Strains, tears, cramps, contractures … If you have been practicing sports for a long time, you may have encountered the classic (and annoying) muscle trauma. Here is a short guide dedicated to sportsmen and others. Let’s start from a fundamental premise for any sportsman: the muscular system needs to be adequately prepared for training , with an appropriate warm -up in the initial phase, a recommended cool -down in the final phase and a progressive workload , to be respected from session to session.
If even one of the points listed above is missing, the risk of muscle injuries increases. Let’s see the most common traumas and the way in which it is possible to intervene.
Types of muscle trauma and remedies
Stretching is an injury linked to a limited number of muscle fibers, often caused by inadequate heating, by an excessive workload, as mentioned above, or by a sudden and abrupt movement. In the stretch , the muscle has exceeded its limit of elasticity, but has not yet incurred a real laceration . In many cases, as long as the muscle is “hot”, the pain is quite bearable; in the following hours, however, the pain gradually becomes stronger. It is necessary to rest and it would be better to investigate the extent of the damage with medical examinations.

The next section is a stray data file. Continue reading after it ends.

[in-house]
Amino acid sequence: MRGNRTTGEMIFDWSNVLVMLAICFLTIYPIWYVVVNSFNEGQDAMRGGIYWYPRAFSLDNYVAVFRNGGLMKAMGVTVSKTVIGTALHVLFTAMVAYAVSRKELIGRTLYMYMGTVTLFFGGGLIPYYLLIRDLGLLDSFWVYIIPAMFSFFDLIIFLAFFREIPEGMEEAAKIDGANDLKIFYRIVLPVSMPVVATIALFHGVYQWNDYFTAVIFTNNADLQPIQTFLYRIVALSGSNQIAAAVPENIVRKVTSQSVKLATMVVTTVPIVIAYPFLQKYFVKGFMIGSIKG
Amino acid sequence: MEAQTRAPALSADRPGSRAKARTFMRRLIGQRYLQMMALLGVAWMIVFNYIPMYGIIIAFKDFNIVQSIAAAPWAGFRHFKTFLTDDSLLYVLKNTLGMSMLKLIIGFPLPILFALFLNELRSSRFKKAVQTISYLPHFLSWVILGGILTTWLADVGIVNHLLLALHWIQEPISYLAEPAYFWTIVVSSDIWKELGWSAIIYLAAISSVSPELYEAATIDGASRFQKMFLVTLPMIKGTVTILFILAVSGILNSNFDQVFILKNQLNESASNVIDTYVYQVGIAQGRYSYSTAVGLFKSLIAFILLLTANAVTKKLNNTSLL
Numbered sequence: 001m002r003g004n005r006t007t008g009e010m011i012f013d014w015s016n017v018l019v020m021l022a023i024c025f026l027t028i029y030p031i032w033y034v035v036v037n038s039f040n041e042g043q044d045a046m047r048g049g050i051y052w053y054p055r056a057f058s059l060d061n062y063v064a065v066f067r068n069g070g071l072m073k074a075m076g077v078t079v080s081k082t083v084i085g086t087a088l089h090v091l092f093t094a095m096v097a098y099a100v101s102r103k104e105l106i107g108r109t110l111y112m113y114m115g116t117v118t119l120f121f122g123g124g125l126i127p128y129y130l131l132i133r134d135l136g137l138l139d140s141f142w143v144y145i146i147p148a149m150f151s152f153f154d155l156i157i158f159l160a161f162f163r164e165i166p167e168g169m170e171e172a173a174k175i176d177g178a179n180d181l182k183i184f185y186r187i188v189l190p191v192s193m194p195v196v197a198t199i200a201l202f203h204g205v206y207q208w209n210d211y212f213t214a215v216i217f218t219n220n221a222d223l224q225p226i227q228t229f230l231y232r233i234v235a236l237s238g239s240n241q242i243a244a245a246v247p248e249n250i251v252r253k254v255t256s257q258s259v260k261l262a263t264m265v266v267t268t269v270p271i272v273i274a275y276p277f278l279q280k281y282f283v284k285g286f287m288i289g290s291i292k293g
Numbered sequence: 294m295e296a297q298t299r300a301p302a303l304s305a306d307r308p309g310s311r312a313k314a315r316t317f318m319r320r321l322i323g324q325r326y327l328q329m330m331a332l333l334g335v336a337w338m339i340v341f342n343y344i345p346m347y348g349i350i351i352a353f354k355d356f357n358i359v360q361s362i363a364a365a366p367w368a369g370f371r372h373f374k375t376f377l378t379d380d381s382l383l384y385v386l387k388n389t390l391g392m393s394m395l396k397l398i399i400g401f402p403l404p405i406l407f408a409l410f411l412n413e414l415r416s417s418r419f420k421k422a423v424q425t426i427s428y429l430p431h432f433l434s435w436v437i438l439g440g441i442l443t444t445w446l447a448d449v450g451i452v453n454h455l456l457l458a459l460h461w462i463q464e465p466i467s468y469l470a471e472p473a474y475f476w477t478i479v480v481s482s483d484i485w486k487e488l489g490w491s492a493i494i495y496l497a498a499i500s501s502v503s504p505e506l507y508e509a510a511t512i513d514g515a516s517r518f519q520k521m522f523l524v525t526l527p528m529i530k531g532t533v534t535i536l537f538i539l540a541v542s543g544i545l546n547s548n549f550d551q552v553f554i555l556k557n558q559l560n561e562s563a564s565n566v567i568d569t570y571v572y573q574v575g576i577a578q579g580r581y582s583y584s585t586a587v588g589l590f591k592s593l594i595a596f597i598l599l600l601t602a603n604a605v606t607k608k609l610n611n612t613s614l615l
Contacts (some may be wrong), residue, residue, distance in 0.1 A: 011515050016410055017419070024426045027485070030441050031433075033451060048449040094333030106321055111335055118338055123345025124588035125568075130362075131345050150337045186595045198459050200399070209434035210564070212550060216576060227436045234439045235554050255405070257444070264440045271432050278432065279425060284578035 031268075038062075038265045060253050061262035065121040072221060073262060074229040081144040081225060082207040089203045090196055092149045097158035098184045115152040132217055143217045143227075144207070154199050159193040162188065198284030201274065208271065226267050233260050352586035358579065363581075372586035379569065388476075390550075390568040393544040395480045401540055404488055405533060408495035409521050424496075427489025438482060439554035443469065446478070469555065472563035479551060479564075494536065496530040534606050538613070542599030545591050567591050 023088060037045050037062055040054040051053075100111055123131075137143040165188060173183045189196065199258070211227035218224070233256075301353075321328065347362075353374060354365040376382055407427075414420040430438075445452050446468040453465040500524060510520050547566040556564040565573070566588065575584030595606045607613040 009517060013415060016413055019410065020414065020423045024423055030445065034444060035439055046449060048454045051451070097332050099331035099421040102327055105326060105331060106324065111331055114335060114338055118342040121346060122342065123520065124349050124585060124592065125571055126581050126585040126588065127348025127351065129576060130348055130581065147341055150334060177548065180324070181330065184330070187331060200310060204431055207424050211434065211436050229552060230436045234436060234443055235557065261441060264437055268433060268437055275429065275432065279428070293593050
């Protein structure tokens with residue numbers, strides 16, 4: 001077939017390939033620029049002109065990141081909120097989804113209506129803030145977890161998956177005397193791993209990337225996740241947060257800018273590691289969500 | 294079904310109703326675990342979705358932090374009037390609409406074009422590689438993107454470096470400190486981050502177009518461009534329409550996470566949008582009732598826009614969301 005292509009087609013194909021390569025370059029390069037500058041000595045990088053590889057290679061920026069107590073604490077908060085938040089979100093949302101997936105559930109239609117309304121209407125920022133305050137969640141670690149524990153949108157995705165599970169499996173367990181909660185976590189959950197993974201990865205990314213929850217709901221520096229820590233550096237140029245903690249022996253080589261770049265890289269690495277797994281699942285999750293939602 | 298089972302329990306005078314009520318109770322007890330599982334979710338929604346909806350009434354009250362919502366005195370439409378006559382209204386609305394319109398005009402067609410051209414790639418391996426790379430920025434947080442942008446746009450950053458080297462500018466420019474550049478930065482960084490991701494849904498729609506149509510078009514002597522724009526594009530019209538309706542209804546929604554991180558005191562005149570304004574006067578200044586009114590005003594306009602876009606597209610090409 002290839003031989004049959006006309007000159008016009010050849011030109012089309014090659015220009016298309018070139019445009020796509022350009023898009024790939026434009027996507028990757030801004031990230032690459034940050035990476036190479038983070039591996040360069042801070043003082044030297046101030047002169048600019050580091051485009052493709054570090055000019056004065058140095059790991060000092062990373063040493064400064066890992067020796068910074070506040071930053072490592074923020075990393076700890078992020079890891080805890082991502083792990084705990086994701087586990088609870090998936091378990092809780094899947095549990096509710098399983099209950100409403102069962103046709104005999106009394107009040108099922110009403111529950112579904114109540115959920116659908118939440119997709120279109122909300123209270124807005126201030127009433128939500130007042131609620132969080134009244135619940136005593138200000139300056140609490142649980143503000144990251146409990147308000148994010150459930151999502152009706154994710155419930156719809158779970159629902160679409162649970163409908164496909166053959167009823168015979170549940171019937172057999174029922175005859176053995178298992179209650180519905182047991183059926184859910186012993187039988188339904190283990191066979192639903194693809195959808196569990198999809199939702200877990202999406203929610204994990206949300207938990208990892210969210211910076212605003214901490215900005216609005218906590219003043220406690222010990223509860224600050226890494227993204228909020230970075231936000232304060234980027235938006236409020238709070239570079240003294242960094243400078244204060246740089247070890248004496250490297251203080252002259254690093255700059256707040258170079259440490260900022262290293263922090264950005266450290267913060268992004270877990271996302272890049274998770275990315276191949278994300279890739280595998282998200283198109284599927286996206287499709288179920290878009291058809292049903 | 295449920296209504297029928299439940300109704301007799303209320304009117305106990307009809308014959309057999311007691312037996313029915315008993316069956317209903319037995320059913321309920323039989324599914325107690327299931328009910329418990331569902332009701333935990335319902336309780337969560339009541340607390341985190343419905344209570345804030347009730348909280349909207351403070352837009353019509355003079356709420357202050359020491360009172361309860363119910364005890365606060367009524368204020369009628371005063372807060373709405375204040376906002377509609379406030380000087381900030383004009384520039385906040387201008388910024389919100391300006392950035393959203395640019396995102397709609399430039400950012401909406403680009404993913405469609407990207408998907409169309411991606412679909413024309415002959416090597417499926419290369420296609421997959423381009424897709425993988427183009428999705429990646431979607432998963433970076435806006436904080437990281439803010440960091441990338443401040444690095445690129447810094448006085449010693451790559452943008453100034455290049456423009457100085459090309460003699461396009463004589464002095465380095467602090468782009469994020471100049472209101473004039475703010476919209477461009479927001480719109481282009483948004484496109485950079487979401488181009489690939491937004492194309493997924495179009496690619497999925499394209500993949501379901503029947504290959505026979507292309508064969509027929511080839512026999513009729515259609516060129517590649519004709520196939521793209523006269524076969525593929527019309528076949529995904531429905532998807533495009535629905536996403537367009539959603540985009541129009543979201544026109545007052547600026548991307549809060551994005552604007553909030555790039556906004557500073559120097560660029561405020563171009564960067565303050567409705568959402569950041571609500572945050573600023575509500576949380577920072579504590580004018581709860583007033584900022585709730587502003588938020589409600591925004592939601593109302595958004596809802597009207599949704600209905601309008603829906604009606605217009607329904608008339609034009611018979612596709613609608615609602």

The tear is a more serious injury, involving more muscle fibers, as a result of excessive tension to which the muscle is subjected. Tears are classified by degrees, according to the percentage of injured muscle fibers. It presents with a depression of the involved muscle and severe pain with the inability to continue the movement. We intervene by immobilizing the limb and deepening the situation with medical investigations ; the rest period will be evaluated based on the extent of the damage. In severe cases, it may be necessary to surgically suture the injured muscle.
The cramp is called a coma an involuntary contraction of the muscle, which lasts a very short time . It also appears at night, after a particularly intense workout or following forced positions maintained in sleep. It can be caused by the temperature of the environment in which you are training, by the level of external humidity, but also by an excessive effort by the athlete, or by an imbalance of mineral salts in the blood, caused by taking some particular drugs or from excessive sweating. It presents with severe localized pain, which prevents movement. The muscle feels hard and contracted. It is important to know how to intervene, performing gentle stretching movements of the affected muscle and then massaging the painful area .
While the application of ice is recommended for most traumas, to limit the leakage of fluids into the tissues and to reduce the sensation of pain, ice cold is not recommended for cramps , rather it is better to warm the affected area. also with massages.
Contracture can be the result of excessive muscle fatigue, which causes painful stiffening and occurs suddenly during a mechanical stress for which the muscle is not prepared. The intervention of a manual therapist and also the application of ointments, suggested by the specialist, will be useful to promote muscle relaxation.
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